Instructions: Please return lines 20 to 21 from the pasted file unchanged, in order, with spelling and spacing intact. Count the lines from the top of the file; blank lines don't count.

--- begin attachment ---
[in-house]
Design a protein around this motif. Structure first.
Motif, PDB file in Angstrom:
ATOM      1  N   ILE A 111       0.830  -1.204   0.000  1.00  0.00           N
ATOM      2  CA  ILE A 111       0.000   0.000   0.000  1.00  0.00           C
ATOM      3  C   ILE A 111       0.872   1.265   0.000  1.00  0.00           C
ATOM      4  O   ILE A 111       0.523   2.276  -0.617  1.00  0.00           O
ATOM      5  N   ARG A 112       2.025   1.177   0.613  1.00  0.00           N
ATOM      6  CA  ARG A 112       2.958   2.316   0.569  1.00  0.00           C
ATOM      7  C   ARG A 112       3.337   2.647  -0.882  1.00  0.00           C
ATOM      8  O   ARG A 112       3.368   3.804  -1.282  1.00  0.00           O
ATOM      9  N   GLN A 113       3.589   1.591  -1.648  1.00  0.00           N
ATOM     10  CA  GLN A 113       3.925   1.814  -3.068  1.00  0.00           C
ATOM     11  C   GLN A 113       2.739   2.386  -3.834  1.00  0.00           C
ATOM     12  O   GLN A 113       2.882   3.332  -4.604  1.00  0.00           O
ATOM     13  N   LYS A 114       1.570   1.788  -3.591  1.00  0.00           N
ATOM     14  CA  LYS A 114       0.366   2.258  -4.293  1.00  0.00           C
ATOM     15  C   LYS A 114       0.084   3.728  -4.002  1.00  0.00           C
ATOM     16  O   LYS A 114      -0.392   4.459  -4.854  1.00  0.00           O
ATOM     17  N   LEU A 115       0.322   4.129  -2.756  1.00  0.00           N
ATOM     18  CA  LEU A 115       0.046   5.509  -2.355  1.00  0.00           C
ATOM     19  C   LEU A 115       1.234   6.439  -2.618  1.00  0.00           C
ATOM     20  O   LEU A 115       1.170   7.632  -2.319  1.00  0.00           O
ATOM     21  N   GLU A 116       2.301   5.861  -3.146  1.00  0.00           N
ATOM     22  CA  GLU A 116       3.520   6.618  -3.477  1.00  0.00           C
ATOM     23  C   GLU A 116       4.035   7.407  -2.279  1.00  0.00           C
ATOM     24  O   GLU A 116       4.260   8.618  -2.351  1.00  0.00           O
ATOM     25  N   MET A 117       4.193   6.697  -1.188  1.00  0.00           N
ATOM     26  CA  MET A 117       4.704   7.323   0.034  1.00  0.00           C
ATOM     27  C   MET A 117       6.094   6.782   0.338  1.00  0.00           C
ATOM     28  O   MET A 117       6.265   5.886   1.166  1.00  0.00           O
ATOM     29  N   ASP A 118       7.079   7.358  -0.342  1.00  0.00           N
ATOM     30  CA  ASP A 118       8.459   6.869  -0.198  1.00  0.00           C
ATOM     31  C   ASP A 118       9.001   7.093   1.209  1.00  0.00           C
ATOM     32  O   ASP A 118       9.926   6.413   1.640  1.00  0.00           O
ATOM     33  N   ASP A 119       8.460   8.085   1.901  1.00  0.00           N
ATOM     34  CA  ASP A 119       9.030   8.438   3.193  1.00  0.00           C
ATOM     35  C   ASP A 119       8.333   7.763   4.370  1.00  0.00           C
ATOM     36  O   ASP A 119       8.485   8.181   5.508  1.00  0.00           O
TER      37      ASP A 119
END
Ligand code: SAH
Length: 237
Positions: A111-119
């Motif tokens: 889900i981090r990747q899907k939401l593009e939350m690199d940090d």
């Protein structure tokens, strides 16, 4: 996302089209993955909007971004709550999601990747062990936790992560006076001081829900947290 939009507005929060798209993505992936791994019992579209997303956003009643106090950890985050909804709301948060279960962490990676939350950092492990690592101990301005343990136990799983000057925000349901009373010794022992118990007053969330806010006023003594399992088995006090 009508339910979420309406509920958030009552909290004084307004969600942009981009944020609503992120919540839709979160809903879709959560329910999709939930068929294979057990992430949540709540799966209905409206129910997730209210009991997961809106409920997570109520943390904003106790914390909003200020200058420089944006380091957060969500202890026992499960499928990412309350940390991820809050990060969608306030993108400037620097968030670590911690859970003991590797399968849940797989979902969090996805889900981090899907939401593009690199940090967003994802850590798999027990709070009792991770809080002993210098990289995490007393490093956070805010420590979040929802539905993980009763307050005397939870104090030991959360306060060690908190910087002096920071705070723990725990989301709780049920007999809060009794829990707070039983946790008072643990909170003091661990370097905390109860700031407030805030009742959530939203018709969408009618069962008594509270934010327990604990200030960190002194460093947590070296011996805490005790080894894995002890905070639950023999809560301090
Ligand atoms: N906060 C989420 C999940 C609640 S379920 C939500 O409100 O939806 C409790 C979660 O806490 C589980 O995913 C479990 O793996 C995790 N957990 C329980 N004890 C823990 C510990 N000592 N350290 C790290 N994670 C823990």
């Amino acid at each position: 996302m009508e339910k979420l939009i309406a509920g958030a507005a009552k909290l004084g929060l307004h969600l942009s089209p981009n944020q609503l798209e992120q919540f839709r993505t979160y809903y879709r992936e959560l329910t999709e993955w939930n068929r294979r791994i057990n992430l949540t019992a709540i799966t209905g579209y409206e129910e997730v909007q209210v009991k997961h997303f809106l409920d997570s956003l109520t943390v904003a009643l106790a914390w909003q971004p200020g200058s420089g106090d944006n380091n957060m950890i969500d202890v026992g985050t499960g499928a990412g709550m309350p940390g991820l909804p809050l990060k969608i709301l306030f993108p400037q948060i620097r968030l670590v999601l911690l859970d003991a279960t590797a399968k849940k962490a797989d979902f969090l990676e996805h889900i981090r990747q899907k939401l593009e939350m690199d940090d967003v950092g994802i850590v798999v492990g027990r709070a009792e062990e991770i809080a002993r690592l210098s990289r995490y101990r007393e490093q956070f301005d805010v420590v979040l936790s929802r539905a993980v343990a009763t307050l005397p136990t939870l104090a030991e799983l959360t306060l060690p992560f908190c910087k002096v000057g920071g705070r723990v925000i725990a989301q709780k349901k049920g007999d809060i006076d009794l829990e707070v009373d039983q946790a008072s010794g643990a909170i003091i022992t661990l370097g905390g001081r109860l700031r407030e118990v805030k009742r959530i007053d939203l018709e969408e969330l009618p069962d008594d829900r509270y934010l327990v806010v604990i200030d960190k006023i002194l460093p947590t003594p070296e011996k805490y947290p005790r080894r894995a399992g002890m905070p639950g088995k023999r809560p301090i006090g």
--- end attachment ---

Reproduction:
ATOM     17  N   LEU A 115       0.322   4.129  -2.756  1.00  0.00           N
ATOM     18  CA  LEU A 115       0.046   5.509  -2.355  1.00  0.00           C